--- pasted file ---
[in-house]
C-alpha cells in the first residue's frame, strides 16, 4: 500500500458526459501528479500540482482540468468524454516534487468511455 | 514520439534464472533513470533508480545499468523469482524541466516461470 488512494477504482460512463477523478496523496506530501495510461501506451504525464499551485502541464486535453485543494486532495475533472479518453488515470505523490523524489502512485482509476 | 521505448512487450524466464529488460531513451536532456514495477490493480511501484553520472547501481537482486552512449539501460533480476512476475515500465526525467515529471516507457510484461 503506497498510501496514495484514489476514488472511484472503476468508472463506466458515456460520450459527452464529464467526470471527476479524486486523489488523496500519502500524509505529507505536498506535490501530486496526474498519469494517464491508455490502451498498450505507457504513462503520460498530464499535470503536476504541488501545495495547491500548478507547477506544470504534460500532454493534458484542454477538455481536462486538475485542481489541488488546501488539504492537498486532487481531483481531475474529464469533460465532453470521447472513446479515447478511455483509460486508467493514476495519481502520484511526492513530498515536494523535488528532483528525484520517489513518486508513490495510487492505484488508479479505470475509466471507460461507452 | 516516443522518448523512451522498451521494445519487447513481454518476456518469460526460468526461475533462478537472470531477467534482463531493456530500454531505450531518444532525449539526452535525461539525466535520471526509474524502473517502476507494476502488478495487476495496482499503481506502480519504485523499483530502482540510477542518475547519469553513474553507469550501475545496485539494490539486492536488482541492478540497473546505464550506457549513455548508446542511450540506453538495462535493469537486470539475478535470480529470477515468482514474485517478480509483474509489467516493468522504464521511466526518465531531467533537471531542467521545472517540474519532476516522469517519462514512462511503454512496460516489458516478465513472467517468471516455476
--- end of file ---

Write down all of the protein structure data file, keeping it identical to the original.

[in-house]
C-alpha cells in the first residue's frame, strides 16, 4: 500500500458526459501528479500540482482540468468524454516534487468511455 | 514520439534464472533513470533508480545499468523469482524541466516461470 488512494477504482460512463477523478496523496506530501495510461501506451504525464499551485502541464486535453485543494486532495475533472479518453488515470505523490523524489502512485482509476 | 521505448512487450524466464529488460531513451536532456514495477490493480511501484553520472547501481537482486552512449539501460533480476512476475515500465526525467515529471516507457510484461 503506497498510501496514495484514489476514488472511484472503476468508472463506466458515456460520450459527452464529464467526470471527476479524486486523489488523496500519502500524509505529507505536498506535490501530486496526474498519469494517464491508455490502451498498450505507457504513462503520460498530464499535470503536476504541488501545495495547491500548478507547477506544470504534460500532454493534458484542454477538455481536462486538475485542481489541488488546501488539504492537498486532487481531483481531475474529464469533460465532453470521447472513446479515447478511455483509460486508467493514476495519481502520484511526492513530498515536494523535488528532483528525484520517489513518486508513490495510487492505484488508479479505470475509466471507460461507452 | 516516443522518448523512451522498451521494445519487447513481454518476456518469460526460468526461475533462478537472470531477467534482463531493456530500454531505450531518444532525449539526452535525461539525466535520471526509474524502473517502476507494476502488478495487476495496482499503481506502480519504485523499483530502482540510477542518475547519469553513474553507469550501475545496485539494490539486492536488482541492478540497473546505464550506457549513455548508446542511450540506453538495462535493469537486470539475478535470480529470477515468482514474485517478480509483474509489467516493468522504464521511466526518465531531467533537471531542467521545472517540474519532476516522469517519462514512462511503454512496460516489458516478465513472467517468471516455476